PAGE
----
Doordash is building its own delivery robots

The Robot Report
Doordash Labs' Mobile Robot

A drawing from Doordash’s patent filing for a delivery robot. | Credit: Doordash/USPTO

Last week, Doordash introduced Doordash Labs, its robotics and automation division that’s been operating since 2018. Doordash has tested last-mile delivery with a number of robotics companies since 2017, including Cruise, Marble and Starship Technologies. However, none of those solutions seem to have stuck for Doordash.

The food delivery giant appears to be developing its own autonomous delivery robots.

Doordash hasn’t publicly revealed any details about its delivery robots, but it has filed several relevant patents with the United States Patent and Trademark Office. In May 2019, it filed two patents for an autonomous delivery vehicle. The patents were approved in September and October of 2021 and include diagrams of an autonomous delivery robot.

Doordash told The Robot Report that patents aren’t necessarily indicators of what’s actually under development. While the robots Doordash eventually publicly reveals could look and work differently, the patents and diagrams at least give us a glimpse of what Doordash has in mind.

“DoorDash Labs’ goal is to develop and implement robotics solutions that complement the Dasher community, increase efficiency in our overall network, and result in a more efficient, improved experience for all audiences DoorDash serves,” a Doordash spokesperson said in an emailed statement. “We are committed to working closely with safety experts and regulatory stakeholders to implement best practices as we explore the in-house development of automation technologies.”

Doordash Labs Robot

This drawing shows a side view of what Doordash’s delivery robot could look like. | Doordash/USPTO

The patents don’t reveal too much about the specs of the robot. In one patent, Doordash describes an autonomous vehicle that could carry two to three 22-inch pizza boxes. According to the patent, the vehicle could navigate pedestrian pathways, sidewalks, bike lanes and roadways in residential areas. The vehicle could reach speeds between 18-25 mph and weigh between 200-300 lb.

In one patent, Doordash said its robot could have a sensor that extends upward from the body of the robot at a height of 3-5 ft. Doordash has filed patents for various other components for an autonomous delivery vehicle, including a virtual vehicle control system and a sensor stack for an automated delivery vehicle.

For comparison, delivery robots from Starship are 22.5 inches tall, weigh 55 lb. and can carry up to 30 lbs. Nuro’s R2 delivery vehicle is much larger than Starship’s robots, offering payload capacity of 419 lbs and maximum speed of 25 MPH.

A drawing of Doordash’s delivery robot with an open storage compartment. | Credit: Doordash/USPTO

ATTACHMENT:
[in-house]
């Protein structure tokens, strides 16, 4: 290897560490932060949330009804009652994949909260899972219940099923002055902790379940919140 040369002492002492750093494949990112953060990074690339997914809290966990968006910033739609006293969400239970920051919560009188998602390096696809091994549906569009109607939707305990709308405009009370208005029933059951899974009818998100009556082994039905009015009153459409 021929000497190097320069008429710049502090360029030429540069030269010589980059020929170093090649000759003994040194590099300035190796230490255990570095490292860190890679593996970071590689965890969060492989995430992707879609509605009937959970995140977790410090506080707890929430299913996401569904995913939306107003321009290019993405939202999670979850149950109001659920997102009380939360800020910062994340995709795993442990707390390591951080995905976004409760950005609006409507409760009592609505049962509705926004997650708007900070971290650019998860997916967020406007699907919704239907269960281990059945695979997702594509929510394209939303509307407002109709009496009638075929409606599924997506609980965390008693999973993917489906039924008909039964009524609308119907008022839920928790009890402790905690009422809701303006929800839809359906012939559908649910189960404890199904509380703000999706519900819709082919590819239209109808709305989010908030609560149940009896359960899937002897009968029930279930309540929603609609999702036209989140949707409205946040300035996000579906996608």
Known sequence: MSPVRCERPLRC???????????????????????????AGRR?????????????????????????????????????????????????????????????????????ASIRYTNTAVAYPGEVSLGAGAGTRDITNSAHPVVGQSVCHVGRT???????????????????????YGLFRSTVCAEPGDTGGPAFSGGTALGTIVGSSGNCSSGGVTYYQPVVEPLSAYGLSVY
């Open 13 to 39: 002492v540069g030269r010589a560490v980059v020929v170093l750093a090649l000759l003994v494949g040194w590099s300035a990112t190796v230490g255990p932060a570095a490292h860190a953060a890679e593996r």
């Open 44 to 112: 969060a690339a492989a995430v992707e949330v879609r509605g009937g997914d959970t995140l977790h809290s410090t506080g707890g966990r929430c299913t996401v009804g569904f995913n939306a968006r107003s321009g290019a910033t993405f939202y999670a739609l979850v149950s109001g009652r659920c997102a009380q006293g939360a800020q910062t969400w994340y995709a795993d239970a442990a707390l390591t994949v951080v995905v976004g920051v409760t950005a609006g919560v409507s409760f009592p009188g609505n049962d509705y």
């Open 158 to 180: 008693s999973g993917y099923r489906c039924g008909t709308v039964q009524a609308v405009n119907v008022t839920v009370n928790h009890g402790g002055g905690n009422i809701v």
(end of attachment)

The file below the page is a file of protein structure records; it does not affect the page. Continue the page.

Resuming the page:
Doordash also hired Ashu Rege as Doordash Labs’ new vice president of autonomy. Rege spent six years at Zoox, an autonomous vehicle company. At Zoox, Rege spent three years as the senior vice president of software engineering. Zoox was founded in 2014, and acquired by Amazon in 2020 for $1.2 billion.

In its announcement of Doordash Labs, Doordash said it “identified a gap in existing automation applications,” and it’s looking to fill that gap with its own technology. Doordash said it is looking for a solution that’s built to scale and is fully integrated with its system.

Many autonomous delivery robots use a last-mile delivery system, where the robot picks up the order from a location between the merchant and customer, and then delivers the food to the customer. Doordash is looking to automate the middle mile of its deliveries using a hub-to-hub model. In this model, orders would be aggregated in areas with many merchants, like a shopping mall, and the robot would carry the order to a hub closer to customers. A human “Dasher” could then pick up orders from the hub and bring them to the customer.

Doordash hub to hub model

In Doordash’s hub-to-hub model, a robot would move between merchant and consumer hubs with deliveries.

No stranger to robotics

Doordash is no stranger to delivery robots or autonomous vehicles. It’s been testing various robots since 2017, when it first partnered with Starship Technologies. Later in 2017, Doordash partnered with Marble Robot, to begin testing robot deliveries in San Francisco. Most recently, in 2019, Doordash partnered with Cruise to test its autonomous cars’ ability to deliver orders in San Francisco.

In August of 2019, Doordash acquired Scotty Labs, a tele-operations company working on technology that would allow people to remotely control self-driving vehicles.

In February 2021, it acquired Chowbotics, a company that created a robot that assembled custom bowls on-demand in an airtight, refrigerated container. Doordash said it has been expanding its robotics team with strategic acquisitions, like Chowbotics.

Doordash Labs is looking to hire autonomy engineers, robotics technicians and software engineers for autonomy platforms. All signs seem to point towards Doordash rolling out its own autonomous delivery robots.

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Source: therobotreport

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